How to Implement an Internal Social Network
You’re about to travel the road from conception to implementation of your internal social network. They didn’t teach you how to do this in school. Perhaps someone has done this before and you can learn from their experience.
Fortunately, KPMG has shared their story. This project is really very much a work in progress. Their deployment of an internal social network was in early 2013. The project began in 2011. The scent is fresh; you should follow it.
The KPMG Hub
KPMG has 155,000 employees who work in over 150 countries. Most of their consultants are on site working directly with their clients. They don't have a chance to chat with each other over lunch. So they had to find a way to connect people so that they might share ideas, expertise and opportunities. This is what we often call, probably from something out of the Mad Man era, “conversations over the water cooler.” And they intended to make these conversations an easy, worthwhile and EXPECTED part of doing business everyday. Hence the birth of the KPMG Hub internal social intranet. Quite a mandate. How are they doing? And what can we learn?
You Can Do It
OK. We understand that your organization does not have 155,000 employees. But if we stay top level, there are some key takeaways that your organization can certainly use. Learn from the big guys. And if you want to do a deep dive into this subject, the slide presentation can be
found on slideshare (oops, currently inaccessible). And the full 1 hours webinar I attended can be viewed here.
Here's our takeaway from the webinar they provided.
- Take an agile approach – Don’t bite off more than you can chew. And you won’t get everything right the first time anyway. So plan both a development and implementation campaign, not a “release”. Don’t be dead in the water.
- Have full mobile access – We’d say “duh”. But this may not be so evident to everyone. If your team is in the field with mobile devices without convenient and regular desktop access, meet them there. If not, punt. It may not be your priority - or it may be. But do not ignore this critical factor. Consider mobile from day one.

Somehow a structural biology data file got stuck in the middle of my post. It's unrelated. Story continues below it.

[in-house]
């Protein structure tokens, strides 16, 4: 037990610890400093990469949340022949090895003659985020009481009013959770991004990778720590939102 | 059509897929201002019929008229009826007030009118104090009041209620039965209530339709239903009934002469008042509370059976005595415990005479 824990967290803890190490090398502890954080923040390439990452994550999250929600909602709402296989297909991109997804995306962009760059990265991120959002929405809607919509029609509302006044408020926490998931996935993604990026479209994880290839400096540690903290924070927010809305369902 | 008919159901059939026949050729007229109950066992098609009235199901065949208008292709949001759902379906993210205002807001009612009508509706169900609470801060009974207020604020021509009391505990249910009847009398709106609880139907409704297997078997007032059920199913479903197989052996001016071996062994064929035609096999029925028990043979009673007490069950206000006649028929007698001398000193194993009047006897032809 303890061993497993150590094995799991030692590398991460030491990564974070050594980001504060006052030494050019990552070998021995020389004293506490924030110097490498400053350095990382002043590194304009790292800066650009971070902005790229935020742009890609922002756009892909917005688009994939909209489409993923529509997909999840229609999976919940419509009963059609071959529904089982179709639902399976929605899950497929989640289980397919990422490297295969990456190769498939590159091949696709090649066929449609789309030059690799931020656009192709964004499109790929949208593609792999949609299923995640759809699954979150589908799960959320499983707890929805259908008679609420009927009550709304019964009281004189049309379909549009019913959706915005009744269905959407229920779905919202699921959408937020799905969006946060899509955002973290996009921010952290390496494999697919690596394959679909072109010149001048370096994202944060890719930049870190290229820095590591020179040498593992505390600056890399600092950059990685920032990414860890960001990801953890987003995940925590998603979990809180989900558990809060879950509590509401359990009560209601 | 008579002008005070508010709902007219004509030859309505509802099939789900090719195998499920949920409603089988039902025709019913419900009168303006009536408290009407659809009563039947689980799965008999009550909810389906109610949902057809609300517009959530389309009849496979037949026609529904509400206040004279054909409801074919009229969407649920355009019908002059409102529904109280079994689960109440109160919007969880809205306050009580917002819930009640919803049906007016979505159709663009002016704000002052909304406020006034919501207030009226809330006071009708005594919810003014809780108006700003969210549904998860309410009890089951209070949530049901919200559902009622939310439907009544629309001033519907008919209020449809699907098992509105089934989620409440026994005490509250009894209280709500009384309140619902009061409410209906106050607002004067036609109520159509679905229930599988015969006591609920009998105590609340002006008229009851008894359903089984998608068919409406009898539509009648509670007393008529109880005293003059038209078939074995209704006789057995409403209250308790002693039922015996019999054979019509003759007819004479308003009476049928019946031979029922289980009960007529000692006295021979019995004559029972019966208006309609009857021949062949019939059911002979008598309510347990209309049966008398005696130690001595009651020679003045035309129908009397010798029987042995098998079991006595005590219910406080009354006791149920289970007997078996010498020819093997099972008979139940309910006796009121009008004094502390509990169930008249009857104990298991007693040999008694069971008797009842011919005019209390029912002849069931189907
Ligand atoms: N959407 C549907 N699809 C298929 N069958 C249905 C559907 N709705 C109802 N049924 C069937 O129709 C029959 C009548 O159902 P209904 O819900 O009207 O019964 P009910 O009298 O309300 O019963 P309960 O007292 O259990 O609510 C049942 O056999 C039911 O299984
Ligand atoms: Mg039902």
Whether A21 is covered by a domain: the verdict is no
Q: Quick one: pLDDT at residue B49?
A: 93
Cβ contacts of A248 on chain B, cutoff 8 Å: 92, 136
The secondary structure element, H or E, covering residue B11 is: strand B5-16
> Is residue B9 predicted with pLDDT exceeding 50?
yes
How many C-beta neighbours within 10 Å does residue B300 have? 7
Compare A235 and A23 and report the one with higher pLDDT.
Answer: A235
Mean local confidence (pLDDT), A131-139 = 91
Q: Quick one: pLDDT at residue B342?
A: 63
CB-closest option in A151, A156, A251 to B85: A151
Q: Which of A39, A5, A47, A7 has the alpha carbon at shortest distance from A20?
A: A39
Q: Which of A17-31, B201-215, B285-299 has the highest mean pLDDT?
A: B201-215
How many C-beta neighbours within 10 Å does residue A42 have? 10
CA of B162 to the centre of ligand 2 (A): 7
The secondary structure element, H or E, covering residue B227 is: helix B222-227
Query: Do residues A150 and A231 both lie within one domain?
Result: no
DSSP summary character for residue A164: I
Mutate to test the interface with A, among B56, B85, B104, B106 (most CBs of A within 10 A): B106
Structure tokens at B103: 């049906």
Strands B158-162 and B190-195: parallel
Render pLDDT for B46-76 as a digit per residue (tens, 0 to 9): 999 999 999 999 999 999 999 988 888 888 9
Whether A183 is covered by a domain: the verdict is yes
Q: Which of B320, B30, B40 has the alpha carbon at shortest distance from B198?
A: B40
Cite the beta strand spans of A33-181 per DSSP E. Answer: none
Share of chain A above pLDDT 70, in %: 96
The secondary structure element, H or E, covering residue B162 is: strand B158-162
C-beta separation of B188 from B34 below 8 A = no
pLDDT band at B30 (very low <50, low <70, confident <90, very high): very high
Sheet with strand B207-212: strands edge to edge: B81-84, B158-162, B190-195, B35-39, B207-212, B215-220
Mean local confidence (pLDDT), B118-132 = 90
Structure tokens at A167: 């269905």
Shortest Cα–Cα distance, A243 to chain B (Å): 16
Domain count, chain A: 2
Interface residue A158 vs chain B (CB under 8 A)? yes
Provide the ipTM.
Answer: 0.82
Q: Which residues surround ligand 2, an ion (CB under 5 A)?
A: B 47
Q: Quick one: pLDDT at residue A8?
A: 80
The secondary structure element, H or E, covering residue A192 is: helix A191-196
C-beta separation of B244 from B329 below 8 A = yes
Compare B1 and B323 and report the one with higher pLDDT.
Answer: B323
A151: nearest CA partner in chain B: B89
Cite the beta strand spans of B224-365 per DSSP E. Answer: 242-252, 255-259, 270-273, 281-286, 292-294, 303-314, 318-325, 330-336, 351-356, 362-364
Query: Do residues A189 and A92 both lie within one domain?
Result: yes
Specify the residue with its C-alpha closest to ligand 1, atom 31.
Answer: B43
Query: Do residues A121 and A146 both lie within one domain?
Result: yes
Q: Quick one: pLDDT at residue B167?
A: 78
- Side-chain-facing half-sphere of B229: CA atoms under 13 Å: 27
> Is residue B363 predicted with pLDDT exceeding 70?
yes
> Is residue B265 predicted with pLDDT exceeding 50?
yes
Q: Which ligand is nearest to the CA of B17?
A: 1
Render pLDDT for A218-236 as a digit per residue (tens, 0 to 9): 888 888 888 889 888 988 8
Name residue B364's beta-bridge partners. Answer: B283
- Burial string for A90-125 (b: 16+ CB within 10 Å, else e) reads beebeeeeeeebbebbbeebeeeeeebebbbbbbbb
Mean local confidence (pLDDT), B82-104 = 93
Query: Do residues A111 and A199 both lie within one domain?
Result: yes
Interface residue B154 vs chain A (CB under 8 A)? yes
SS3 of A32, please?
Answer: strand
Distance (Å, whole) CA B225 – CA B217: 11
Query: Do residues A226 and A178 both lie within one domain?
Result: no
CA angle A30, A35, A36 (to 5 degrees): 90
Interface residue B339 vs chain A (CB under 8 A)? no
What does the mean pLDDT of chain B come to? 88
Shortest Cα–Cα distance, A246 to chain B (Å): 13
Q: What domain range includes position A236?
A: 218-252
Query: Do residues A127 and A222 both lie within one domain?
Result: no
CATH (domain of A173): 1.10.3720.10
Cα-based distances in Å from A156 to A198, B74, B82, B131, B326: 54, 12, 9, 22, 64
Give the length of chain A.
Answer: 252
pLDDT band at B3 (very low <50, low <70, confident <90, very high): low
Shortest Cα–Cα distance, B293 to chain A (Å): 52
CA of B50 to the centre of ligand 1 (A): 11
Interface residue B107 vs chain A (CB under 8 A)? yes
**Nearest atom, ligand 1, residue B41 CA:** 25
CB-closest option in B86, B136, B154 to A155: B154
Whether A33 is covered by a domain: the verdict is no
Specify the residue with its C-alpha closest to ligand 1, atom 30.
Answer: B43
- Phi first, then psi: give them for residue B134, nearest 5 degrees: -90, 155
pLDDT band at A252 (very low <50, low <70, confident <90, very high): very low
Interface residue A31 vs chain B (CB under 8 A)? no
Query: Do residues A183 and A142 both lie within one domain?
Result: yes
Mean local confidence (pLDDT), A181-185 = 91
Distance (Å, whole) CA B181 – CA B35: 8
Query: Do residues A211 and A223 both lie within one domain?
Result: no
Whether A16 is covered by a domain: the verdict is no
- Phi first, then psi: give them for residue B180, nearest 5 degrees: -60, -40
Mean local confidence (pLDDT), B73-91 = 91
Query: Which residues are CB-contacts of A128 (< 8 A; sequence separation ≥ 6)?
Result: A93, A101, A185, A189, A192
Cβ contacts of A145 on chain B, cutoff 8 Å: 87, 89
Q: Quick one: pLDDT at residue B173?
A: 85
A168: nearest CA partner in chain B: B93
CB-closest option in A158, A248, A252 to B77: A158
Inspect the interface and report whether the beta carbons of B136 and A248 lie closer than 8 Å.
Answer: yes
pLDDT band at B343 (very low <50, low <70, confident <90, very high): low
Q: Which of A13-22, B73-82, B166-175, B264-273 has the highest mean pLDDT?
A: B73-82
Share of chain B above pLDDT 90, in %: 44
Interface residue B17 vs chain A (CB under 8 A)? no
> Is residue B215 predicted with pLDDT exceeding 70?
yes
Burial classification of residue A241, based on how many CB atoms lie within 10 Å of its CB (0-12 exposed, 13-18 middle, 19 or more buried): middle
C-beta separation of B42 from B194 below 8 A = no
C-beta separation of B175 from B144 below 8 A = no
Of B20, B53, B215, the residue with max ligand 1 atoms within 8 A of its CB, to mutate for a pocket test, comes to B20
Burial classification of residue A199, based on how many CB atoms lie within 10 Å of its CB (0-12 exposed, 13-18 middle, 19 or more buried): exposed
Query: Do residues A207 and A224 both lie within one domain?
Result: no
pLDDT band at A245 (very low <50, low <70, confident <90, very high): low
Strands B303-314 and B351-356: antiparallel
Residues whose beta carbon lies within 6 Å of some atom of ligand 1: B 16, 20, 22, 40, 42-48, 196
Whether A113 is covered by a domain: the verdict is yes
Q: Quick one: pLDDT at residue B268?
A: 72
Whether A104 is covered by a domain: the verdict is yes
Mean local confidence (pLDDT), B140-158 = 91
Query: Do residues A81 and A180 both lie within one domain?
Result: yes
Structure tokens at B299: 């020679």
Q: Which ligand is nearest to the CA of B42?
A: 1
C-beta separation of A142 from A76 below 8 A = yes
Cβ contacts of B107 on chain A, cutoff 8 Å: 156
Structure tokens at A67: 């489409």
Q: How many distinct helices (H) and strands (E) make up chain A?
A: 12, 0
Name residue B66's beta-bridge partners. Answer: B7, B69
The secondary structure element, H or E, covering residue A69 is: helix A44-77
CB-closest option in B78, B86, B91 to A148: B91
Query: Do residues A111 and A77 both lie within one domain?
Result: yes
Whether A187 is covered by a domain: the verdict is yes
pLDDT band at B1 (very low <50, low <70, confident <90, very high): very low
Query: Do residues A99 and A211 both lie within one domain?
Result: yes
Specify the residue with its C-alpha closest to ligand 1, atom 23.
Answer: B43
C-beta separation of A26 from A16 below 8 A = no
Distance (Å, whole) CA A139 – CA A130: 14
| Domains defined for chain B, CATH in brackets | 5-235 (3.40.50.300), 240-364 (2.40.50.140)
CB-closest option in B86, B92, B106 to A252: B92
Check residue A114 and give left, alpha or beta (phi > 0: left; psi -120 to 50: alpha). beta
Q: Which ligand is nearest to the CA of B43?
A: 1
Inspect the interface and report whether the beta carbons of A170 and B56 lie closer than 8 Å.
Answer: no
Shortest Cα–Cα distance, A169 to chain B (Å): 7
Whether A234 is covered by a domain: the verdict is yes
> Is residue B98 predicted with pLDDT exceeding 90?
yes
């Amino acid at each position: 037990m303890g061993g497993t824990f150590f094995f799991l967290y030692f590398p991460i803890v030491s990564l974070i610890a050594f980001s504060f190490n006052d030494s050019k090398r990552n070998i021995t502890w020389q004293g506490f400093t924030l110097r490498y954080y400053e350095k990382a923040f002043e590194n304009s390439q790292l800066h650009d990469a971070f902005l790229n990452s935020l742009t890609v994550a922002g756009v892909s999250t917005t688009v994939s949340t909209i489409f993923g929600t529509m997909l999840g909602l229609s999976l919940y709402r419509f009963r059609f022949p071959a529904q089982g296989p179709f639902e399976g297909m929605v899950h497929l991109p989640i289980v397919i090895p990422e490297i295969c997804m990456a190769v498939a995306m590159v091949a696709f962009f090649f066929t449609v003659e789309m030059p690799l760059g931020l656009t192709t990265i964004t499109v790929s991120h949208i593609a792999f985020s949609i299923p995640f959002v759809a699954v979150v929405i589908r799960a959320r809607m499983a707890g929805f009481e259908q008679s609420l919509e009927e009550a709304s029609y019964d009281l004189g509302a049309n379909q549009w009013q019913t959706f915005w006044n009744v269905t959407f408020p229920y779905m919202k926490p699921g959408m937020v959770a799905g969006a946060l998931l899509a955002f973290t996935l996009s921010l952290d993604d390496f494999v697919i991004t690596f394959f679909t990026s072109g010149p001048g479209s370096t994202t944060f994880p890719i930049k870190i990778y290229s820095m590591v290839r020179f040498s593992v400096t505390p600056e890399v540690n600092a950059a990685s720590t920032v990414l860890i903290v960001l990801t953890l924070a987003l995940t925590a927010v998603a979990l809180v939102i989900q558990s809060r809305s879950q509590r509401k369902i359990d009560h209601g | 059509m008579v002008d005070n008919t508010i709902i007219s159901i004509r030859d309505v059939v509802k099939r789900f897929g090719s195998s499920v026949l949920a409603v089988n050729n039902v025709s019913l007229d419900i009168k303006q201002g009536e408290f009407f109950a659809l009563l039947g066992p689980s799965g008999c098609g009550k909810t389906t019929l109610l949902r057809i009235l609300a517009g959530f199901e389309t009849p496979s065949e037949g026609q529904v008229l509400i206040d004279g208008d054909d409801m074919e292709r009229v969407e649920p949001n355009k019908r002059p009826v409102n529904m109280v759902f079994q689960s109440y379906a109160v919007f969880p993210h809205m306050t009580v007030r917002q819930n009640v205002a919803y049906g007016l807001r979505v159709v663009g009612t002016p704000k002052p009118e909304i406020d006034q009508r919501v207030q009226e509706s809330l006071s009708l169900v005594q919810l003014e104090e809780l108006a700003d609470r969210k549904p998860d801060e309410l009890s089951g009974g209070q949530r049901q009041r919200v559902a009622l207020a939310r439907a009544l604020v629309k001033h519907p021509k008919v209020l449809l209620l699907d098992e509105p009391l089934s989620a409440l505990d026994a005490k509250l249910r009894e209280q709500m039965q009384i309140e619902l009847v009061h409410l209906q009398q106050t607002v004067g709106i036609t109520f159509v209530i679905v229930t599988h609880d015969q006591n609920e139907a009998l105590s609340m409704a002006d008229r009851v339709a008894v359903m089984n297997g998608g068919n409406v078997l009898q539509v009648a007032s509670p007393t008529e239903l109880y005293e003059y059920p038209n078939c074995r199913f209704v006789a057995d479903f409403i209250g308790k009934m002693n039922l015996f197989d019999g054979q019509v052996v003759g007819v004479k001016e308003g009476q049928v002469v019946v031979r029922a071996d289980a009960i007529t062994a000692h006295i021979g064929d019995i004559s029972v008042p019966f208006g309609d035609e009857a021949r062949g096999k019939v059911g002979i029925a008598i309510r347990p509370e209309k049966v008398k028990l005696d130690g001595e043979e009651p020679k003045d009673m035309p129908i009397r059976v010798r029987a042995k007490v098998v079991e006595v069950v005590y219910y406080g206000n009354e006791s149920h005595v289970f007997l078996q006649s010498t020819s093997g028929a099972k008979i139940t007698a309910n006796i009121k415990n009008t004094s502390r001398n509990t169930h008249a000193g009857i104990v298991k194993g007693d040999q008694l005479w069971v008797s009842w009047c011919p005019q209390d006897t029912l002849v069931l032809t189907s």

- Develop a clear statement of business benefits. If you can’t connect this internal social intranet shiny-new-object with specific business benefits you are a) an idiot and b) a failure - or you soon will be. There are plenty of resources to help you get here. And this should be your motivation in the first place. But don’t lose sight of why you are inviting this pain or there will be no gain.
- Cultivate your supporters This is all about your office politics and change management. Tech takes a back seat on your journey to success. Do this:
- Identify your stakeholders.
- Have an engaged & VOCAL leadership
- Find the advocates & ignore the naysayers – go where the energy is
- Present options to your decision makers – don’t make this all or nothing
- Paint the picture of success – describe the outcome
- Seek out early adopters – your champions are critical
- Plan for Governance. Right from the beginning.
- Data privacy associated particulary with user profiles
- What is the data retention and preservation policy
- Discussion subjects & communities – who can participate
- Metrics & reporting – keep the stakeholders engaged with both metrics and reporting of cases and opportunities captured
- Love your service provider – how is that going?
Business Implementation Issues
I’ll close with some of the most important factors KPMG identified that will insure the success of your internal social intranet implementation, or, for that matter, almost any new process you implement. This includes:
- Business alignment – Both obvious and so often overlooked, be absolutely clear about the alignment of your internal social intranet with your business objectives. KPMG decided it was essential to connect people to share ideas, expertise and opportunities. And the existing tools, think email, were not sufficient.
- Adopt change management strategies including building awareness, suitable training and a system of both rewards and recognition. Gamification is good. Embrace it.
- In the end there is a technology integration. Users have to be provisioned, authenticated and, when required, removed from the system. Think it through.
Are you deploying an internal social network? How do your needs and challenges align with KPMG’s experiences? Share. We’re all in this together.